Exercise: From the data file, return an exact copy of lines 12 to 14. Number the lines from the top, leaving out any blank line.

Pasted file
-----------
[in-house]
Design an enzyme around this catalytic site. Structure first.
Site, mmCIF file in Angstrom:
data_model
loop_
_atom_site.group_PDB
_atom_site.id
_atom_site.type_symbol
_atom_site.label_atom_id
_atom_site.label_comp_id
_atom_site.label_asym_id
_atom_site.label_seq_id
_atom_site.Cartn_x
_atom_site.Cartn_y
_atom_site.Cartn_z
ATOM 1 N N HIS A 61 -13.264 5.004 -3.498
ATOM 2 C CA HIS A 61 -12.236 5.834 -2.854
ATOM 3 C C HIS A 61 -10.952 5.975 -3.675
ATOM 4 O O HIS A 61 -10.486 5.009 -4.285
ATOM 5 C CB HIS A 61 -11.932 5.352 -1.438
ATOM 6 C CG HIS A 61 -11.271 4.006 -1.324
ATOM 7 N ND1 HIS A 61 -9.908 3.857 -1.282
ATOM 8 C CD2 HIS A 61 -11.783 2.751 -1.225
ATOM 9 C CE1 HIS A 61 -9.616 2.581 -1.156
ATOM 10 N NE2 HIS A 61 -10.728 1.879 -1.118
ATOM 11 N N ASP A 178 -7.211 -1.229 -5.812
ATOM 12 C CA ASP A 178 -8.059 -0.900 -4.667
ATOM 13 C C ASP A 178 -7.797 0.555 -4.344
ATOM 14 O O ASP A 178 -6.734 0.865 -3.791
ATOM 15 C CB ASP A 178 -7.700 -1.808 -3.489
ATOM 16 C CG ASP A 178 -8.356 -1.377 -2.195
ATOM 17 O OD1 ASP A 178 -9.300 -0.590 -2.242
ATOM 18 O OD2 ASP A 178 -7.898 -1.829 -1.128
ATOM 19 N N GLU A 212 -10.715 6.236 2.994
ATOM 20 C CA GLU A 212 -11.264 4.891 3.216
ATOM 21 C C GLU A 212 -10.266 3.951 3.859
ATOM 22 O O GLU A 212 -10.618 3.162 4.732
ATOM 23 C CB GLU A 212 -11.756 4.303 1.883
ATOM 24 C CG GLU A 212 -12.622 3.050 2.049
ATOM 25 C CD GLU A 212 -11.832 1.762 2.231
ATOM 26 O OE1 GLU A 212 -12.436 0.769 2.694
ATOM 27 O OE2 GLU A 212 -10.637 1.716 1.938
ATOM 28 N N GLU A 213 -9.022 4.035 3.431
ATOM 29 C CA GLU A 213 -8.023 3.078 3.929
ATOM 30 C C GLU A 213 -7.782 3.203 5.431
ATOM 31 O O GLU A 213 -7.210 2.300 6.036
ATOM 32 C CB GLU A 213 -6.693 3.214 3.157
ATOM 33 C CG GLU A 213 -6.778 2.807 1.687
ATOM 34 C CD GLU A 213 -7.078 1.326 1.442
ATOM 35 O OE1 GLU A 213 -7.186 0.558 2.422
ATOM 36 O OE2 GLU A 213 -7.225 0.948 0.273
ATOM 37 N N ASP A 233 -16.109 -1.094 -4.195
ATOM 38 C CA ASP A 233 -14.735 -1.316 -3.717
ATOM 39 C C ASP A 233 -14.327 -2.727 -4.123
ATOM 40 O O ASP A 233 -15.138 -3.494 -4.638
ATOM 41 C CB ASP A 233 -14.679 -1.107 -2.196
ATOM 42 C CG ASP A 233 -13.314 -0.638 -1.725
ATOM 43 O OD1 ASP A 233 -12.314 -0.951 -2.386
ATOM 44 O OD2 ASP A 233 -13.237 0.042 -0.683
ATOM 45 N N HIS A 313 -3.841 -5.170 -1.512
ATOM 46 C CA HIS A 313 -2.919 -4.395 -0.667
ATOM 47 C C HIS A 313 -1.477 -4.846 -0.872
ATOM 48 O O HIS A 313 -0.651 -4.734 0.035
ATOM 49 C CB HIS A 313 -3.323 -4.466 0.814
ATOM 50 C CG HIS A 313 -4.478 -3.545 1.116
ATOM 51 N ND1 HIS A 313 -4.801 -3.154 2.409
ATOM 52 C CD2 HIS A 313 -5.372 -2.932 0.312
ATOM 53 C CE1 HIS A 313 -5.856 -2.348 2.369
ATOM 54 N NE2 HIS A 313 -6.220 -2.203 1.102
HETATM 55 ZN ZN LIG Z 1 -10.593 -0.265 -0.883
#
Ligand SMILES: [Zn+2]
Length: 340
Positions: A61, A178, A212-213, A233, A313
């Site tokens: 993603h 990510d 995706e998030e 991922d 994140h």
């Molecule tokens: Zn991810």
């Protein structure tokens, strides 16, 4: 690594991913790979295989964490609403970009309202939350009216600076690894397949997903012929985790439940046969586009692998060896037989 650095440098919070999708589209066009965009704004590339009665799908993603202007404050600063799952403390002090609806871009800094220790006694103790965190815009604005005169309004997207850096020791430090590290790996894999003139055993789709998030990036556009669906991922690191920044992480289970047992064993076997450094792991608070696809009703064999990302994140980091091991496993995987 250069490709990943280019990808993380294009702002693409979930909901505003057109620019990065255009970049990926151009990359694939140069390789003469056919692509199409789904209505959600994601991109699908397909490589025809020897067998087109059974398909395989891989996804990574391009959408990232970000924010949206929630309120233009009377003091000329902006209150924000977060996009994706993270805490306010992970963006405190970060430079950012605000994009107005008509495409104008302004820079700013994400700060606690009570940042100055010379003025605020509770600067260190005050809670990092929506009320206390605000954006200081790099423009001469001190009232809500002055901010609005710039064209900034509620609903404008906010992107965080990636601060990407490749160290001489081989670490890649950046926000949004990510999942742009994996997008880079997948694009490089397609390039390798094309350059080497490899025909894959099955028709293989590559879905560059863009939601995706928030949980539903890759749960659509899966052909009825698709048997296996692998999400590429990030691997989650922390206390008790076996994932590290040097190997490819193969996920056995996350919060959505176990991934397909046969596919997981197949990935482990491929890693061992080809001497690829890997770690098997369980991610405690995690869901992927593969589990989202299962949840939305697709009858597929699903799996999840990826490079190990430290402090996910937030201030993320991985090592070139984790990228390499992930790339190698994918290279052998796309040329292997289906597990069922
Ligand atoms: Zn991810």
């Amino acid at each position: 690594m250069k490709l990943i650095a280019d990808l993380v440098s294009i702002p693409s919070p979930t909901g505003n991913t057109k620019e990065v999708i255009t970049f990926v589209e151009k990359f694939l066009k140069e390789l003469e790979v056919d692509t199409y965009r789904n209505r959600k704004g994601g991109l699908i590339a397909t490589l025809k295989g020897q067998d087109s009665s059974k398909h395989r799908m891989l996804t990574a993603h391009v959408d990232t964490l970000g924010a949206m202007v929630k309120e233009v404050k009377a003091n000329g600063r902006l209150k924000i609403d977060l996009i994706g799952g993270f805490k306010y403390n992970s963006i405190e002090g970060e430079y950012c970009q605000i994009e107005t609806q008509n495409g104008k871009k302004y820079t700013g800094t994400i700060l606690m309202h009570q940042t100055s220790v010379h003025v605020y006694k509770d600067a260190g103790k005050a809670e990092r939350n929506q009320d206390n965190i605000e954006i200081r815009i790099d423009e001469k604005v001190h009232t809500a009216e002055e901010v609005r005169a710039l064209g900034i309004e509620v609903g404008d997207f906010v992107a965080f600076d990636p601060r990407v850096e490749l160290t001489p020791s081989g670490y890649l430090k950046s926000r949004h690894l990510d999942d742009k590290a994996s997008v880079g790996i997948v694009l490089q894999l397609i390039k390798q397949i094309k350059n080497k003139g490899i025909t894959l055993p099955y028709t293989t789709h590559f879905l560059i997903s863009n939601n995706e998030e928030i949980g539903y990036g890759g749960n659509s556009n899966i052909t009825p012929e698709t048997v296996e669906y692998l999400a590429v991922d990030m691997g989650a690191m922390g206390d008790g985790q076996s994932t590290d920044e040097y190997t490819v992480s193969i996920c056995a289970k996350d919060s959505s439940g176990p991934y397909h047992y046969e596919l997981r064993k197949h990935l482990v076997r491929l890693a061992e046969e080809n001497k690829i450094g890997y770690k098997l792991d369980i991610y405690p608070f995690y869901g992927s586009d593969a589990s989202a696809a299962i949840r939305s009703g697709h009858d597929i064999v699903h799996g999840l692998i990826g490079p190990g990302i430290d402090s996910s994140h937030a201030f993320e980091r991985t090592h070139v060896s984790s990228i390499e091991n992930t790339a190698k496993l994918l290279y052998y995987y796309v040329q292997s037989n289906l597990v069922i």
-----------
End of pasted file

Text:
_atom_site.label_seq_id
_atom_site.Cartn_x
_atom_site.Cartn_y